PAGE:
Russia declared Thursday that its goal is to end the bloody conflict in Syria, not help the nation's embattled president cling to power at all costs."We are advocating the solution that would prevent the collapse of the region and the continuous civil war," Russian President Vladimir Putin said at a televised news conference in Moscow.
"Not retain (President Bashar) al-Assad and his regime."
To do that, he said, talks between opposing sides are crucial.
"First, people should negotiate, agree on how their participation would be guaranteed ... not first destroy everything and then try to negotiate," Putin said.
Al-Assad has not visited Moscow a lot in his tenure, and Russia does not have "special economic relations" with Syria, according to Putin.
Russia is "not concerned" about al-Assad's fate, he said.
"We understand what's going on there (in Syria). We know that this family has been in power for 40 years," he said.
The Syrian civil war started in March 2011 when a government crackdown on civilian demonstrators morphed into a fight between government forces and rebels.
U.S. officials have accused Russia and China of blocking efforts to topple al-Assad by vetoing United Nations Security Council resolutions against the Syrian government.
Meanwhile, Syria's opposition coalition Thursday denied any targeting of Russian citizens over Moscow's stance, according to the state-run RIA Novosti news agency.
The news agency said it had received a statement from the opposition coalition that condemned any attacks on "innocent civilians," whatever their nationality.
"While condemning the Russian government's policy and position on political and military support for al-Assad's regime, the National Coalition states unequivocally that the Russian leadership alone bears the entire responsibility for its actions and Russian citizens are not to blame for that," it quotes the statement as saying.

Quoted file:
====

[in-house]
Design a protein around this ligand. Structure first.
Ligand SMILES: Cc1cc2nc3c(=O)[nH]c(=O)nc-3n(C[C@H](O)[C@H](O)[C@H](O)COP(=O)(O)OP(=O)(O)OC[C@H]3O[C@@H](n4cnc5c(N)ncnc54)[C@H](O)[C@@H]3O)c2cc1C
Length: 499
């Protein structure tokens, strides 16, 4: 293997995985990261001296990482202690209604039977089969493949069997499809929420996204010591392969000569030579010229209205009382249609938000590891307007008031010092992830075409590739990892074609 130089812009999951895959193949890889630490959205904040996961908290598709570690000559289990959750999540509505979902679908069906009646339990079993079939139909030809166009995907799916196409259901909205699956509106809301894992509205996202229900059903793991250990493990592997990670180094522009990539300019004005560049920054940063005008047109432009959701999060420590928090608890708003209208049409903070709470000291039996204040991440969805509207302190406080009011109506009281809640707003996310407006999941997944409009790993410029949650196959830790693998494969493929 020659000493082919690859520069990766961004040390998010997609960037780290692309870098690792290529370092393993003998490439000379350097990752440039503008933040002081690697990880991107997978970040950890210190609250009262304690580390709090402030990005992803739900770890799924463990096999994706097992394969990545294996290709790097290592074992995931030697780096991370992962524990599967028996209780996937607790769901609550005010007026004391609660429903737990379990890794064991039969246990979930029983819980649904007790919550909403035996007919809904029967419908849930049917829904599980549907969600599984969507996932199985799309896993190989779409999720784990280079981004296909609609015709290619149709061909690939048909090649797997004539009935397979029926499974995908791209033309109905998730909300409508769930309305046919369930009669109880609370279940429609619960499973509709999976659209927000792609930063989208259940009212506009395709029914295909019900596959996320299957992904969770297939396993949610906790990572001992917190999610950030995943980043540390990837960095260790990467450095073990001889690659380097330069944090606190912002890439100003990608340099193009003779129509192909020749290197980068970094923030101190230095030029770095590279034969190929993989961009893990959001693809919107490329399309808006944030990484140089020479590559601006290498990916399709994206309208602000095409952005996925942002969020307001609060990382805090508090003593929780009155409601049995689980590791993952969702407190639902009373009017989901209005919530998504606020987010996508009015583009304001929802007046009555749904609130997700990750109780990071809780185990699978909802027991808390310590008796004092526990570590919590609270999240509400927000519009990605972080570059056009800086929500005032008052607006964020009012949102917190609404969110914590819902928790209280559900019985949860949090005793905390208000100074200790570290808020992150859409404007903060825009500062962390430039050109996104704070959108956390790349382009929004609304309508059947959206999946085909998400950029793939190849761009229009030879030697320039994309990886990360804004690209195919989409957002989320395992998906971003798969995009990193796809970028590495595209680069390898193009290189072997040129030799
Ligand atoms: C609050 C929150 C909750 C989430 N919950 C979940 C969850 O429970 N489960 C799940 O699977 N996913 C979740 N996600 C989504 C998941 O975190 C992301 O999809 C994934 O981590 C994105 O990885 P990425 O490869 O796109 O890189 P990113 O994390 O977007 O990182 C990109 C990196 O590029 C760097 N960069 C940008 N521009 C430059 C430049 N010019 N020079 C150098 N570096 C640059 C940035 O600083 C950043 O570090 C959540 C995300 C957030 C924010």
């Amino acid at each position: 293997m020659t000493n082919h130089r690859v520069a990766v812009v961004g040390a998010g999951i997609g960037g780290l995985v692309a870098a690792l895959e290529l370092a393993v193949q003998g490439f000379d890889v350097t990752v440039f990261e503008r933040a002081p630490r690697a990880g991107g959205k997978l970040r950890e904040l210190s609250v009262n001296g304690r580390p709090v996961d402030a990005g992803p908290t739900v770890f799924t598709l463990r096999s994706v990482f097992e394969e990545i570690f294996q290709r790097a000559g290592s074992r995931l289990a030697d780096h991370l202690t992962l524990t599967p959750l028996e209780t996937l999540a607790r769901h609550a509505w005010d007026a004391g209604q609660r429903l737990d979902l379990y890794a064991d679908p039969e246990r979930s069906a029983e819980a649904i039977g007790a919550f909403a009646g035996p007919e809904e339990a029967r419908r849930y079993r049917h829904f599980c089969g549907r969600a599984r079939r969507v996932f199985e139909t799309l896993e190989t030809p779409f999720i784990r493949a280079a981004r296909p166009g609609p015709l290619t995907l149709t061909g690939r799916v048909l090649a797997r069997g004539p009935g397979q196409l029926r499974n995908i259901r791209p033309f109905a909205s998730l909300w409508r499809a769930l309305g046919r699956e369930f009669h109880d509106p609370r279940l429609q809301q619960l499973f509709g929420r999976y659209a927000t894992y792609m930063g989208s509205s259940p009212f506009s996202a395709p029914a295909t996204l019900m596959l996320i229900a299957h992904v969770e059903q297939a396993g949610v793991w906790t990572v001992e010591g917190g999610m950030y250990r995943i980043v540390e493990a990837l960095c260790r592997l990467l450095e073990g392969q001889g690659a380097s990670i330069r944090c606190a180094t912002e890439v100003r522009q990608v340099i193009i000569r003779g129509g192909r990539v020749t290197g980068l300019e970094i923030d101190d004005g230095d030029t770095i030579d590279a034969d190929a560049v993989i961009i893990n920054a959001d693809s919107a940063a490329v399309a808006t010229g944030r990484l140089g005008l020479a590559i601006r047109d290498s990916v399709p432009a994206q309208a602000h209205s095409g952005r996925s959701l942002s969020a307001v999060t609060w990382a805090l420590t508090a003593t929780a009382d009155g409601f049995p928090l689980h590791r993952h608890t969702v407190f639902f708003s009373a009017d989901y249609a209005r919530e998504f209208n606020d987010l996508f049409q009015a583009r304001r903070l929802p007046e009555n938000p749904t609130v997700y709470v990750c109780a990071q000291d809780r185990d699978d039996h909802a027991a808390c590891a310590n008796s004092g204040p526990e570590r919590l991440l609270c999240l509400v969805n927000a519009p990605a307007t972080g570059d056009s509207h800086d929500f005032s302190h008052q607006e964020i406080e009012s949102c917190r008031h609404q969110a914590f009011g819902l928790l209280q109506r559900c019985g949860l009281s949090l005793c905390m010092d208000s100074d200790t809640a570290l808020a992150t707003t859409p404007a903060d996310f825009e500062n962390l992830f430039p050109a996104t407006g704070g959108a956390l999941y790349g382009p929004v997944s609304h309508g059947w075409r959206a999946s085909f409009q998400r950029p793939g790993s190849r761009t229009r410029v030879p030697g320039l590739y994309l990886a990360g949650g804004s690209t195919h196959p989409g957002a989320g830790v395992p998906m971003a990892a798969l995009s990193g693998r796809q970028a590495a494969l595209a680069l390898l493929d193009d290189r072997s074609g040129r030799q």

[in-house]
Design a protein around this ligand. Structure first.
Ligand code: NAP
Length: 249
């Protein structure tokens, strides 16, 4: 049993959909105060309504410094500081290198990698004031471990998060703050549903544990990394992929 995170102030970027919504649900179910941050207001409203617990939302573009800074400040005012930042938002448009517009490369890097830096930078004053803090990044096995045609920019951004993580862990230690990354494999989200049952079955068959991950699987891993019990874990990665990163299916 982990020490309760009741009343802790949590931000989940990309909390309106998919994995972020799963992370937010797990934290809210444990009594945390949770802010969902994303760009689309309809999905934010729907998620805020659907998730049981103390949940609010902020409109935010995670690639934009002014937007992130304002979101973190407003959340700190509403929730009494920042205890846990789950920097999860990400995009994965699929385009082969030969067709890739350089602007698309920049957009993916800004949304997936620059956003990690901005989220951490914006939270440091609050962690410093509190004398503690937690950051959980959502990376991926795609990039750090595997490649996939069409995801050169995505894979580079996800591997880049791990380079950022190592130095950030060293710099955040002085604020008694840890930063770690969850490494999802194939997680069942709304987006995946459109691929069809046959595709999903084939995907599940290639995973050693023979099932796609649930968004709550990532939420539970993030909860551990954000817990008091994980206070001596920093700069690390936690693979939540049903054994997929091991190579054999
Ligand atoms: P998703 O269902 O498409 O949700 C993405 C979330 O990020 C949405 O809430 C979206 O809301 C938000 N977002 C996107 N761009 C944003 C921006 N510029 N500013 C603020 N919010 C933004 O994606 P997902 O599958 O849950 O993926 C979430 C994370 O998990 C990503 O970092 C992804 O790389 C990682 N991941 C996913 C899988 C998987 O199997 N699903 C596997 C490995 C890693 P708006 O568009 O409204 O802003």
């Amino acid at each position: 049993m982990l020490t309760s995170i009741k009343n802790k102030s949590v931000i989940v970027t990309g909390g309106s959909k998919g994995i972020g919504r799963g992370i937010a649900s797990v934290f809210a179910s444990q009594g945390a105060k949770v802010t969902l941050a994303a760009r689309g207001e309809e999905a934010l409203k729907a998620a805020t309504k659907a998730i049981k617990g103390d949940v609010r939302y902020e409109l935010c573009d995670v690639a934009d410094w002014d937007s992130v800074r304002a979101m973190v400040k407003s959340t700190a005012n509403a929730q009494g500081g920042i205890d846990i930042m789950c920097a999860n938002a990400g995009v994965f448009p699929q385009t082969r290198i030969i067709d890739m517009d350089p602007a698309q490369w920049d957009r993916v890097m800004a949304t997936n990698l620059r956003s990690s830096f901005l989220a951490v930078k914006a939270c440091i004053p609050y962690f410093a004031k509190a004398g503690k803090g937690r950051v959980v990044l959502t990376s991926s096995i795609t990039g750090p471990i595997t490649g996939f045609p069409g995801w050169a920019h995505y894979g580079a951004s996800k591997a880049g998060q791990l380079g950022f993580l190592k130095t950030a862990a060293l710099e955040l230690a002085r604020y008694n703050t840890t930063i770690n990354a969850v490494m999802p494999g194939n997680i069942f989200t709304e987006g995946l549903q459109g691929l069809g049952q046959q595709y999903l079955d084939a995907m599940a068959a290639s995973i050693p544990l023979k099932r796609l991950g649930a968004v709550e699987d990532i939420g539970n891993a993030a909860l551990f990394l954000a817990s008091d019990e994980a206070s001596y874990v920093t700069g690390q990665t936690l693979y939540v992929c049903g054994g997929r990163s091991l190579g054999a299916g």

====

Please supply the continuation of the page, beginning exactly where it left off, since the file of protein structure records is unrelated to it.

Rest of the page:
The National Coalition of the Syrian Revolutionary and Opposition Forces gained recognition from the United States and others at a Friends of Syria meeting in Morocco this month. Russia was not present.
On Wednesday, Haitham al-Maleh, a prominent leader of the Syrian opposition abroad, told broadcaster Al Jazeera that Russians are a "legitimate" target for Syrian militants since Russia supports al-Assad.
Two Russian citizens were kidnapped Monday along with an Italian near the western Syrian port city of Latakia, the Russian Foreign Ministry said.
U.N. Under-Secretary-General for Political Affairs Jeffrey Feltman warned Wednesday that the situation has "escalated dangerously," according to a U.N. media release.
"As we have repeatedly underlined, the military approach pursued by both sides comes at a devastating cost in terms of human lives and destruction, and breeds a serious risk of sectarian and communal strife, radicalization and terrorism," he told a meeting of the Security Council.
"If nothing is done to change the current dynamic, and to move toward a political solution, the destruction of Syria will be the likely outcome."
The United Nations and its humanitarian partners appealed Wednesday for $1.5 billion to help civilians affected by the conflict in Syria over the next six months.
The aid will go to help those still in Syria, as well as more than half a million registered refugees outside its borders.
U.N. planners say about $1 billion will be needed to support refugees in countries including Jordan, Iraq, Lebanon, Turkey and Egypt, with numbers expected to rise as high as a million in the first half of next year.
The remaining $500 million will help an estimated 4 million people inside Syria who need urgent humanitarian assistance, according to the United Nations, about half of whom have fled their homes.
The conflict has held the attention of world powers for months because of relentless brutality that has left more than 40,000 people dead.
The death toll so far Thursday is 28, including three women and three children, according to the Local Coordination Committees of Syria, an opposition network.